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Blackhawks forward Dylan Strome still deserves better

Strome was underutilized by Colliton and could get better play under Derek King

Arizona Coyotes v Chicago Blackhawks
Dylan Strome of the Chicago Blackhawks celebrates after scoring his first goal of the season in the third period against the Arizona Coyotes
Photo by Jonathan Daniel/Getty Images

Dylan Strome was vastly underutilized by Jeremy Colliton, to the point that Strome was being shopped around despite solid production in his first two seasons with the Chicago Blackhawks.

When he was first traded to the team early in the 2018-19 season, Strome had 17 goals and 51 points in 58 games (0.88 points per game). In the ‘19-20 season, Strome had 12 goals and 38 points in 58 games (0.66 PPG).

Strome has continued to make some of the best passes on the team and makes a positive impact on the team’s offensive shot generation when he’s on the ice, as indicated by the charts below. The red sections in the top row of charts show where there’s an increase in offensive activity when Strome is on the ice. Also note the annual increases in expected goal shares (xGF%) when Strome is on the ice:

A visualization of Strome’s on ice impact at 5-on-5 both offensively and defensively.
Micah Blake McCurdy | HockeyViz

When put with the correct linemates — like Henrik Borgstrom, Adam Gaudette and Alex DeBrinat — Strome can contribute as a playmaker and as someone who can get to the front of the net, while not being a complete waste of space defensively.

So far this season, Strome has put up positives in terms of both even-strength offense and even-strength defense, with 0.2 expected goals above replacement in both categories. Strome has also been a 0.3 xGAR player on the power play, all despite limited time. With Kirby Dach briefly sidelined after a high hit on Friday against the Arizona Coyotes, Strome took Dach’s spot on the top power-play unit and this happened:

Chicago is driving offense with Strome on ice at 5-on-5, with Strome being on ice for 28.27 shots per 60 (fifth on the team) and 1.98 expected goals per 60 (ninth, just behind DeBrincat).

Strome’s 47.78 percent 5-on-5 shot share is fifth-best on the team and his 44.89 percent expected goals share xG share is sixth-best. On a team that has been one of the worst at driving possession — the Blackhawks have a league-worst 41.23 share of expected goals — solutions need to be found where they can be and Strome may be one of those solutions.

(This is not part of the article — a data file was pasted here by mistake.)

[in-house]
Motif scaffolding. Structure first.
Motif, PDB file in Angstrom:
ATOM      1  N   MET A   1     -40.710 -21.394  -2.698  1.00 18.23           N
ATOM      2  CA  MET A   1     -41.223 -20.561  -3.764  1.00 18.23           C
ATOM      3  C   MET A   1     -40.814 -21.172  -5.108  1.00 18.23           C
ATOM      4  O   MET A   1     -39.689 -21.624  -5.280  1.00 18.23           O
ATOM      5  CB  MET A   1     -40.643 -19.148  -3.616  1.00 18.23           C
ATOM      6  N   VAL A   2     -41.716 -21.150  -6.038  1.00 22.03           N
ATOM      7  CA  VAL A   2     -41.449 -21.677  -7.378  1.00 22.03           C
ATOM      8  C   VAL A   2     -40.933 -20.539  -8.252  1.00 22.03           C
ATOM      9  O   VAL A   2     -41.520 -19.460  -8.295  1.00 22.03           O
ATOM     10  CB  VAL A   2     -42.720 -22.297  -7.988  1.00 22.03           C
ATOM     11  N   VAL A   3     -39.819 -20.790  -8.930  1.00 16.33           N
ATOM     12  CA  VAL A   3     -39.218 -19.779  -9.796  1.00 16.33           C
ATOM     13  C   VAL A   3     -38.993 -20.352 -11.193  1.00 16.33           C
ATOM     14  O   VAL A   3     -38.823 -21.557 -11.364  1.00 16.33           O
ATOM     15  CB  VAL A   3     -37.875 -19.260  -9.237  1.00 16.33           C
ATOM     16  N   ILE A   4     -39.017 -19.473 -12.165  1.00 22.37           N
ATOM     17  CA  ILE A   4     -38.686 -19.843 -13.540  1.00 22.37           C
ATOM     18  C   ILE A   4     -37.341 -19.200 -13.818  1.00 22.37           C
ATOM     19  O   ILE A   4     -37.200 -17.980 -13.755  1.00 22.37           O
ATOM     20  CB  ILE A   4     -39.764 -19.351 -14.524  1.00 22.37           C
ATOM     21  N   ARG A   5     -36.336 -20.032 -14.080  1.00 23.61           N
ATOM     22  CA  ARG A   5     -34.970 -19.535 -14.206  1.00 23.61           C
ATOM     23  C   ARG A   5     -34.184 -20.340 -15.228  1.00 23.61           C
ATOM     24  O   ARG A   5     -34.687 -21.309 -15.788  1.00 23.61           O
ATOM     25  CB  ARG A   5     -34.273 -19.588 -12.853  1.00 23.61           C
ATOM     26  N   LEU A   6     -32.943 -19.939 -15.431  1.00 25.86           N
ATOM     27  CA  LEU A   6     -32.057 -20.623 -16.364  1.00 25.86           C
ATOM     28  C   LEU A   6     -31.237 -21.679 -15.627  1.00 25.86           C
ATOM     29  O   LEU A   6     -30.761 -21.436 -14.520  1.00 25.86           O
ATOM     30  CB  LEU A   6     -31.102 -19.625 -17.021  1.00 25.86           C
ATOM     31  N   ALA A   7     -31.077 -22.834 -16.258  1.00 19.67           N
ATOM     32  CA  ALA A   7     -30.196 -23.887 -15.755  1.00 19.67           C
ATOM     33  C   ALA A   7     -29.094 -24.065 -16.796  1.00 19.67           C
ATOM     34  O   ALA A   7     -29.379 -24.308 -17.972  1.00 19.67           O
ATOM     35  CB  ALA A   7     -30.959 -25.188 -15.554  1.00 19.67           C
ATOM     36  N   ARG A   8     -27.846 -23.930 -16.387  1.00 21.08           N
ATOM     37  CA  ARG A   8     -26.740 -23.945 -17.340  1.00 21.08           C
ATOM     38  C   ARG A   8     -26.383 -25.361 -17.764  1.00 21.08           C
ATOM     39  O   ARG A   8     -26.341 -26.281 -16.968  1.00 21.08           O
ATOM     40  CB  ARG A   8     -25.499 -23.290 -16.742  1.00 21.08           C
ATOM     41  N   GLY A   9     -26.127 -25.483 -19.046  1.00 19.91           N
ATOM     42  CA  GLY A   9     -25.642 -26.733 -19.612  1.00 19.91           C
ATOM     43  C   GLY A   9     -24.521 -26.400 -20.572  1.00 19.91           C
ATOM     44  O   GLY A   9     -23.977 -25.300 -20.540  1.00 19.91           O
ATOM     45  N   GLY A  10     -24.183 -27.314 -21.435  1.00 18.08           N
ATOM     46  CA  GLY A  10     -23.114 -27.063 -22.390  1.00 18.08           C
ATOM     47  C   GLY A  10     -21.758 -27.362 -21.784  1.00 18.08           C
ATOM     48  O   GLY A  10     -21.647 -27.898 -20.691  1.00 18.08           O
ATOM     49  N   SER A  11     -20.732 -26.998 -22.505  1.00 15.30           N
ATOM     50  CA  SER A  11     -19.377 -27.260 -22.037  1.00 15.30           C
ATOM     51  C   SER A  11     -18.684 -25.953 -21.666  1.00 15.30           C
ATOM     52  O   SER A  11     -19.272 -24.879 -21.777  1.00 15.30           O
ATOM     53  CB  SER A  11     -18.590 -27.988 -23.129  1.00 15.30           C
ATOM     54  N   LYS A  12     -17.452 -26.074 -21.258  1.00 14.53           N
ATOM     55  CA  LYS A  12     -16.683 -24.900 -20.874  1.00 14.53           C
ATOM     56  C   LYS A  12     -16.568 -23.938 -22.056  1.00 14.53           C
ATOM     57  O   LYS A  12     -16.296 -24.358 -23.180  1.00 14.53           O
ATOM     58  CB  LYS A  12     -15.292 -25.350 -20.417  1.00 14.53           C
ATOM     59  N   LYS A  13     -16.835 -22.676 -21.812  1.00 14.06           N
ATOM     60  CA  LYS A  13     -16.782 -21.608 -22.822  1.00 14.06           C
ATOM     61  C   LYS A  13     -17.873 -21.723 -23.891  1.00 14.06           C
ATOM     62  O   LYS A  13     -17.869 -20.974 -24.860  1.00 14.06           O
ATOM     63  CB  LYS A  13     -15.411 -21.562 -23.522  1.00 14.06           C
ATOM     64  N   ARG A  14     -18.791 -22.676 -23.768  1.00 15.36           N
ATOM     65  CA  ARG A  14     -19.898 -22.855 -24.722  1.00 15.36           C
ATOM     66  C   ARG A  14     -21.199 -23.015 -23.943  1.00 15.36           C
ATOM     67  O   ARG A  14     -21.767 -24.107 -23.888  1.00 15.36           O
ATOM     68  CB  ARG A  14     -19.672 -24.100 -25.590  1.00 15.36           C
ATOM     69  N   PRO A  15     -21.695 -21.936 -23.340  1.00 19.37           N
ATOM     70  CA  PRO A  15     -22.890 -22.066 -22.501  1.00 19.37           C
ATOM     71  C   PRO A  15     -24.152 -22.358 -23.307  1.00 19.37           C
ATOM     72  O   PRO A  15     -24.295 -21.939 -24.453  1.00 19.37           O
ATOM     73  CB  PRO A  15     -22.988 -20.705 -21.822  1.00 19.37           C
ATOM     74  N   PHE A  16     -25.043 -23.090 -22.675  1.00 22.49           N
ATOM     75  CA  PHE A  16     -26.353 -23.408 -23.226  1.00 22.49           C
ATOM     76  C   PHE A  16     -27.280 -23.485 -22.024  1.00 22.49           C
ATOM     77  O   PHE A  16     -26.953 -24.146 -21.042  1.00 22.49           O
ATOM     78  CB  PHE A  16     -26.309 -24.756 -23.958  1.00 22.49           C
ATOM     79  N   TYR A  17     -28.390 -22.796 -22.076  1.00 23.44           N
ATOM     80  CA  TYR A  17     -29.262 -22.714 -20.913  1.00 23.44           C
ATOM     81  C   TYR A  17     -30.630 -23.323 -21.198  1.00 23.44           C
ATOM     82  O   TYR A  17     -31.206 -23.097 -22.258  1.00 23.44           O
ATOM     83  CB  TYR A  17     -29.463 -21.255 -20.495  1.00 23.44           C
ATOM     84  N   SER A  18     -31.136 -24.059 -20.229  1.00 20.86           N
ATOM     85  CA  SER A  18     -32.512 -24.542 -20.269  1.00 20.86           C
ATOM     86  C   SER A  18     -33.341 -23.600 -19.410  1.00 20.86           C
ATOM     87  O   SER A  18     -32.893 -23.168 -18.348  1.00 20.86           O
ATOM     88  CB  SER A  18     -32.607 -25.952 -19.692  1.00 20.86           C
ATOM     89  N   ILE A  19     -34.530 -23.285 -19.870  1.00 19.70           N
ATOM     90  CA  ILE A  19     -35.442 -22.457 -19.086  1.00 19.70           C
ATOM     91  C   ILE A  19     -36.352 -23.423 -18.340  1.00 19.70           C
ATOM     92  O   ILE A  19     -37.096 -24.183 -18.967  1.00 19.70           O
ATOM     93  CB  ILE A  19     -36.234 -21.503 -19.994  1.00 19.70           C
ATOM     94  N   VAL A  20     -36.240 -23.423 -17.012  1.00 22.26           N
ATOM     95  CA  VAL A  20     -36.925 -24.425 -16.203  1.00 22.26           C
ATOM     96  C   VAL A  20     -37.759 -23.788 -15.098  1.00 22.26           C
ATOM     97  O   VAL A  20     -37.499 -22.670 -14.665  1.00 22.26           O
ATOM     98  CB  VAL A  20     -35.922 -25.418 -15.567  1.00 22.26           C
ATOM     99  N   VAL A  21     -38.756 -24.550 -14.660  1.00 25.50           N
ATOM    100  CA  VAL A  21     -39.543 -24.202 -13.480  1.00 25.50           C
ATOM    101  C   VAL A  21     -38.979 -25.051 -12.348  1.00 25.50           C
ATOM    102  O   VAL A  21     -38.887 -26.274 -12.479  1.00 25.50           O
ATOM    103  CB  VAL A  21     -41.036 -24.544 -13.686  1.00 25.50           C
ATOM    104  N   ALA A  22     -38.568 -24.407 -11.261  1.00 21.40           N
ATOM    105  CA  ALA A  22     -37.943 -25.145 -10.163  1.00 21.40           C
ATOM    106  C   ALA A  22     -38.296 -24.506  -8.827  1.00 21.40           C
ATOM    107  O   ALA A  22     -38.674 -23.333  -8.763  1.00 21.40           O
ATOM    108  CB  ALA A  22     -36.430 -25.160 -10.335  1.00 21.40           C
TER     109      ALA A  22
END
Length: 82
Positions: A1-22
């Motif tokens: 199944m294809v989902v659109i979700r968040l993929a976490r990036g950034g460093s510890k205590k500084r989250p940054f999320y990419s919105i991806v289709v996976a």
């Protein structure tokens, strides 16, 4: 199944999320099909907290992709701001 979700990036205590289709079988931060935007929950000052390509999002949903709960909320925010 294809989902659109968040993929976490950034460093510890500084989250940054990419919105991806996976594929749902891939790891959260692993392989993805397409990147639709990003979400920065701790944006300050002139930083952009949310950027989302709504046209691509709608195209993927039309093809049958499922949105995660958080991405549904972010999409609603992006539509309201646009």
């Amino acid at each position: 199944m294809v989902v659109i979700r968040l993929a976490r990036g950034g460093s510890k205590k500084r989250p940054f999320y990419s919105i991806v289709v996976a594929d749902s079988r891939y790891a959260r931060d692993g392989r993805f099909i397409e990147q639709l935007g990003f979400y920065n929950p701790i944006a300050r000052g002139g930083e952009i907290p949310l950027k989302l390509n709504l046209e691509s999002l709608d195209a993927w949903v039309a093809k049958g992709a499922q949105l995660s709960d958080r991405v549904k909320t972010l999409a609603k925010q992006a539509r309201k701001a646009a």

While Strome has remained in trade rumors despite the regime change in Chicago, his value has arguably never been lower. This is the same player that the Blackhawks sent Nick Schmaltz to Arizona to acquire, and Schmaltz has actually been given opportunities to succeed.

Even if Kyle Davidson still wants to trade Strome, it would be in the team’s best interest to put Strome in similar positions to succeed. Despite the adversity the last two years have thrown in Strome’s path, he’s still finding ways to make a positive impact, scoring the game-winning goal referenced above.

Strome can be a very useful middle-six forward or center, especially if he’s given stability in both time on ice and in linemates. With a team nearing full health — perhaps for the first time this season — putting Strome on the third line with Gaudette and Borgstrom or, when he’s healthy, Brandon Hagel could allow for more scoring depth and the opportunity for the Blackhawks to get back on the right foot offensively.

Strome is a better player than how he was used under Colliton. If Derek King can give Strome a chance to prove it, that will be better for the team in the long run, no matter how long, or short, Strome’s tenure with the team may be.